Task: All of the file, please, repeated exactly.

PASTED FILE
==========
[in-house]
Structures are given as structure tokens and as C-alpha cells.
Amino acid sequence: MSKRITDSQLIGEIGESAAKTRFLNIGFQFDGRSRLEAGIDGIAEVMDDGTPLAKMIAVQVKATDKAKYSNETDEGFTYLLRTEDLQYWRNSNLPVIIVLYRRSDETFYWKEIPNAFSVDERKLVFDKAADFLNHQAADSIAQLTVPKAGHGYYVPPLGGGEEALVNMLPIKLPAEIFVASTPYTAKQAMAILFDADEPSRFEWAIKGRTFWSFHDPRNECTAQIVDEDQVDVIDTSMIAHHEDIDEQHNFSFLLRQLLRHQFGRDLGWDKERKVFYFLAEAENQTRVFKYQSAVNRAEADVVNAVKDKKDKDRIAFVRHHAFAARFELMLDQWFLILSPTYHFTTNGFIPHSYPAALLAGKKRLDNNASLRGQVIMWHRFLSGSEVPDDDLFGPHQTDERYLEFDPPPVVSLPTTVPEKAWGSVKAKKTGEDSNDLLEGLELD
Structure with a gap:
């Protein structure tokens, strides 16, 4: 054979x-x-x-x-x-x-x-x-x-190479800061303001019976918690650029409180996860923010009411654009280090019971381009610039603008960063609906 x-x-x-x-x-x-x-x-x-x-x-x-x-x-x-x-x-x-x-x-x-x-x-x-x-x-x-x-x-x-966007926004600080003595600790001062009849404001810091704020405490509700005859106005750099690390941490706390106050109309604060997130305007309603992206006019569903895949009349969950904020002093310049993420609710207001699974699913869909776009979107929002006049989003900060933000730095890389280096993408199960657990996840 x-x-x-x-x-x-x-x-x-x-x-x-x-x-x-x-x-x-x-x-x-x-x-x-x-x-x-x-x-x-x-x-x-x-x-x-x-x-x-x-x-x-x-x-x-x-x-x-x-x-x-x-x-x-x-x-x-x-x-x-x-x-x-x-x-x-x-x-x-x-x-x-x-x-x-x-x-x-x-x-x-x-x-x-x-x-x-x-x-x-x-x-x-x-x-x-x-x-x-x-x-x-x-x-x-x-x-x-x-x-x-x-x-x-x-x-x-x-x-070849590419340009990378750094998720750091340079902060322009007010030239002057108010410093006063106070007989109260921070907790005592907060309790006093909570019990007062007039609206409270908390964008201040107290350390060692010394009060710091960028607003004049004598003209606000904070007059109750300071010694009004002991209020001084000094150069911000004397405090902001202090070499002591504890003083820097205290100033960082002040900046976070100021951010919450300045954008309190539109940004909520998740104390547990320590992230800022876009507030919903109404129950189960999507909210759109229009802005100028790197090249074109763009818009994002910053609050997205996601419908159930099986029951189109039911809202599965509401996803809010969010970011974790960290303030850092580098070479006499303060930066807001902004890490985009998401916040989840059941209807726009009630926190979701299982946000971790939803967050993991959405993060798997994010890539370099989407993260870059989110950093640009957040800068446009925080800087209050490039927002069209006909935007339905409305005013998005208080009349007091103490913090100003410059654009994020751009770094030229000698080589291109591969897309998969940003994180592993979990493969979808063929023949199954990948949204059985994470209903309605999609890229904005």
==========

[in-house]
Structures are given as structure tokens and as C-alpha cells.
Amino acid sequence: MSKRITDSQLIGEIGESAAKTRFLNIGFQFDGRSRLEAGIDGIAEVMDDGTPLAKMIAVQVKATDKAKYSNETDEGFTYLLRTEDLQYWRNSNLPVIIVLYRRSDETFYWKEIPNAFSVDERKLVFDKAADFLNHQAADSIAQLTVPKAGHGYYVPPLGGGEEALVNMLPIKLPAEIFVASTPYTAKQAMAILFDADEPSRFEWAIKGRTFWSFHDPRNECTAQIVDEDQVDVIDTSMIAHHEDIDEQHNFSFLLRQLLRHQFGRDLGWDKERKVFYFLAEAENQTRVFKYQSAVNRAEADVVNAVKDKKDKDRIAFVRHHAFAARFELMLDQWFLILSPTYHFTTNGFIPHSYPAALLAGKKRLDNNASLRGQVIMWHRFLSGSEVPDDDLFGPHQTDERYLEFDPPPVVSLPTTVPEKAWGSVKAKKTGEDSNDLLEGLELD
Structure with a gap:
């Protein structure tokens, strides 16, 4: 054979x-x-x-x-x-x-x-x-x-190479800061303001019976918690650029409180996860923010009411654009280090019971381009610039603008960063609906 x-x-x-x-x-x-x-x-x-x-x-x-x-x-x-x-x-x-x-x-x-x-x-x-x-x-x-x-x-x-966007926004600080003595600790001062009849404001810091704020405490509700005859106005750099690390941490706390106050109309604060997130305007309603992206006019569903895949009349969950904020002093310049993420609710207001699974699913869909776009979107929002006049989003900060933000730095890389280096993408199960657990996840 x-x-x-x-x-x-x-x-x-x-x-x-x-x-x-x-x-x-x-x-x-x-x-x-x-x-x-x-x-x-x-x-x-x-x-x-x-x-x-x-x-x-x-x-x-x-x-x-x-x-x-x-x-x-x-x-x-x-x-x-x-x-x-x-x-x-x-x-x-x-x-x-x-x-x-x-x-x-x-x-x-x-x-x-x-x-x-x-x-x-x-x-x-x-x-x-x-x-x-x-x-x-x-x-x-x-x-x-x-x-x-x-x-x-x-x-x-x-x-070849590419340009990378750094998720750091340079902060322009007010030239002057108010410093006063106070007989109260921070907790005592907060309790006093909570019990007062007039609206409270908390964008201040107290350390060692010394009060710091960028607003004049004598003209606000904070007059109750300071010694009004002991209020001084000094150069911000004397405090902001202090070499002591504890003083820097205290100033960082002040900046976070100021951010919450300045954008309190539109940004909520998740104390547990320590992230800022876009507030919903109404129950189960999507909210759109229009802005100028790197090249074109763009818009994002910053609050997205996601419908159930099986029951189109039911809202599965509401996803809010969010970011974790960290303030850092580098070479006499303060930066807001902004890490985009998401916040989840059941209807726009009630926190979701299982946000971790939803967050993991959405993060798997994010890539370099989407993260870059989110950093640009957040800068446009925080800087209050490039927002069209006909935007339905409305005013998005208080009349007091103490913090100003410059654009994020751009770094030229000698080589291109591969897309998969940003994180592993979990493969979808063929023949199954990948949204059985994470209903309605999609890229904005």